Sense of Self: Leisure helps older adults with relocation transition

leisure_relocation_880x300.jpgImages from Pexels.

Older adults may face a number of difficult transitions in late life, such as retirement, health decline and loss of a spouse. Leisure has been known to help adults cope with these changes, as a way of maintaining and continuing their sense of identity. Moving to a new home may be another transition for older adults during which their identity is threatened, affecting their ability to develop a sense of home.

An integrative review from Western University PhD candidate in Health and Rehabilitation Sciences (Health and Aging field), Kristin Prentice, and professors Carri Hand (supervisor), School of Occupational therapy, Laura Misener, School of Kinesiology, and Jeff Hopkins, Department of Geography, explored how leisure, sense of home, and identity were inter-related for older adults moving to new homes. The review of seventeen studies, published in Activities, Adaption & Aging, found that study participants often wanted their lives and activities to remain the same as in their previous homes, including leisure activities.

Older adults often adapt to a move through continuing previous leisure activities and maintaining engagement with their social networks. They may go through a process of coming to terms with the many aspects of the transition (altered roles and social ties, personal losses including illness, loss of routine, and physical changes, etc.) and choose to maintain their leisure activities and social connections in order to establish a new sense of home and self.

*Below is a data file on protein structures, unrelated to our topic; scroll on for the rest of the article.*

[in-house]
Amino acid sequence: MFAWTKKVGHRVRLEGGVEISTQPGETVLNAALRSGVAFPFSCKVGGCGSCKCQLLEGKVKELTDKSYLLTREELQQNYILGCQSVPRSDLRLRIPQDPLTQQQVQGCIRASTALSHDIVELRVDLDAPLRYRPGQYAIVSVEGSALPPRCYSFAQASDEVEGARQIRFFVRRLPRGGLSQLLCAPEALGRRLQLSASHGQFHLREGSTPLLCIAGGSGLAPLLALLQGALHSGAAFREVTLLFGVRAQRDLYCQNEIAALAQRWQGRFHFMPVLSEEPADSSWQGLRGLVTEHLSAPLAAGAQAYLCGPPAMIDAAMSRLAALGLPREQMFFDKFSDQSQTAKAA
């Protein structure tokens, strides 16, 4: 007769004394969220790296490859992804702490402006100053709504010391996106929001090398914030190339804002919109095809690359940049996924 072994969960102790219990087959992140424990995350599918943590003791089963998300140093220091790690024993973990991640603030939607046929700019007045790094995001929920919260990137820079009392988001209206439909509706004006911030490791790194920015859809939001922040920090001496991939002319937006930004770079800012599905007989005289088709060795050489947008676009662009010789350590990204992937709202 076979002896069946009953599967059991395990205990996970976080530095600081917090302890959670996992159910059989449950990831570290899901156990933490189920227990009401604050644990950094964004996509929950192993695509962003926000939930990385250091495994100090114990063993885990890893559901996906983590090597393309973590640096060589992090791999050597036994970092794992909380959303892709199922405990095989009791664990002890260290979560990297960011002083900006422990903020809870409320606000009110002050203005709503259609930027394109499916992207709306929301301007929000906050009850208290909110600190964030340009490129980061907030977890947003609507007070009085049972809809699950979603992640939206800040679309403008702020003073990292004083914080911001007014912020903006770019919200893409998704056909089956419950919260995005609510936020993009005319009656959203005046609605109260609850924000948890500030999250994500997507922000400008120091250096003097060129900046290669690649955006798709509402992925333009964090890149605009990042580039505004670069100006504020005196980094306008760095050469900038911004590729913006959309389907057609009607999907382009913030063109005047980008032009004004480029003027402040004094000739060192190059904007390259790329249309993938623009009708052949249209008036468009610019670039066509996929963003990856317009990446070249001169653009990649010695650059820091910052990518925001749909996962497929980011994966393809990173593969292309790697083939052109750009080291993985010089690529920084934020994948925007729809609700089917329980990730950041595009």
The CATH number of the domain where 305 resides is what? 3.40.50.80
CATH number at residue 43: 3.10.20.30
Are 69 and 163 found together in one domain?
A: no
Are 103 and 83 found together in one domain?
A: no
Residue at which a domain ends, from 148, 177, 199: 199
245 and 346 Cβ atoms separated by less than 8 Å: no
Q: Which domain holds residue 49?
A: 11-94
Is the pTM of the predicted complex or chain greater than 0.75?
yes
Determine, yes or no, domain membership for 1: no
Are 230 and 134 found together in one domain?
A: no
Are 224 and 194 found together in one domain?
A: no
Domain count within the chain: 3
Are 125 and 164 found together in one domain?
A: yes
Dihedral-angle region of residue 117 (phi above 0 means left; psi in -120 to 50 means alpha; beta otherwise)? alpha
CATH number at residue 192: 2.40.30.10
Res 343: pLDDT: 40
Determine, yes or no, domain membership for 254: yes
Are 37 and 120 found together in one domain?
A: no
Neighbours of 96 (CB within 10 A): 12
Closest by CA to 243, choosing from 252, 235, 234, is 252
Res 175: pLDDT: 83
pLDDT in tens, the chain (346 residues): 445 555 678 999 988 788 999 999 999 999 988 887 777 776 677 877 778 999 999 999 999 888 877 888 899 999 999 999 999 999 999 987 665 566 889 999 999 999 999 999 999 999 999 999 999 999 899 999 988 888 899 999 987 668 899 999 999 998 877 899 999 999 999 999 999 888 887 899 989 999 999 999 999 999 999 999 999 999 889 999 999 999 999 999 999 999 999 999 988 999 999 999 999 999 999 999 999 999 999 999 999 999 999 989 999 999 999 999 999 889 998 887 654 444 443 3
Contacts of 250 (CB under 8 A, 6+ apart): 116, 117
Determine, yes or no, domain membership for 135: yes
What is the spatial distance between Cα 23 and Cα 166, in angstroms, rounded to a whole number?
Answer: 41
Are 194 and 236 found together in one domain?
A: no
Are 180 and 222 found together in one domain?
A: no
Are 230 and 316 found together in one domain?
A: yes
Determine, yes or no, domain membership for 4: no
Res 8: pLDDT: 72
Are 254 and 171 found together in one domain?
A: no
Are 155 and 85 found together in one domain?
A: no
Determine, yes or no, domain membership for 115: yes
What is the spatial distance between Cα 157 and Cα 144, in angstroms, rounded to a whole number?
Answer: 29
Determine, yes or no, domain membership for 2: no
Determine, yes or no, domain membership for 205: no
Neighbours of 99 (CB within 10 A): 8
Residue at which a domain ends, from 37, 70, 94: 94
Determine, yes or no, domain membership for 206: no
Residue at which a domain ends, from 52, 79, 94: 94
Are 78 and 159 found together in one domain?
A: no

Creating more supportive leisure opportunities for older adults who are experiencing multiple transitions, and the development of social spaces in neighbourhoods to assist those who are new create ties to place would benefit older adults by helping them maintain identity and develop their sense of home.

Lead author Prentice shares the potential imact of this reseach in our communities, explaining that, "...practitioners can take into consideration the multiple transitions that older adults may be processing when they join these leisure programs, such as recently moving to the city or experiencing grief due to the loss of their previous social networks, home, spouse or family members. Leisure programs that are designed to support older adults enduring multiple transitions could help create a safe and welcoming social space for leisure engagement."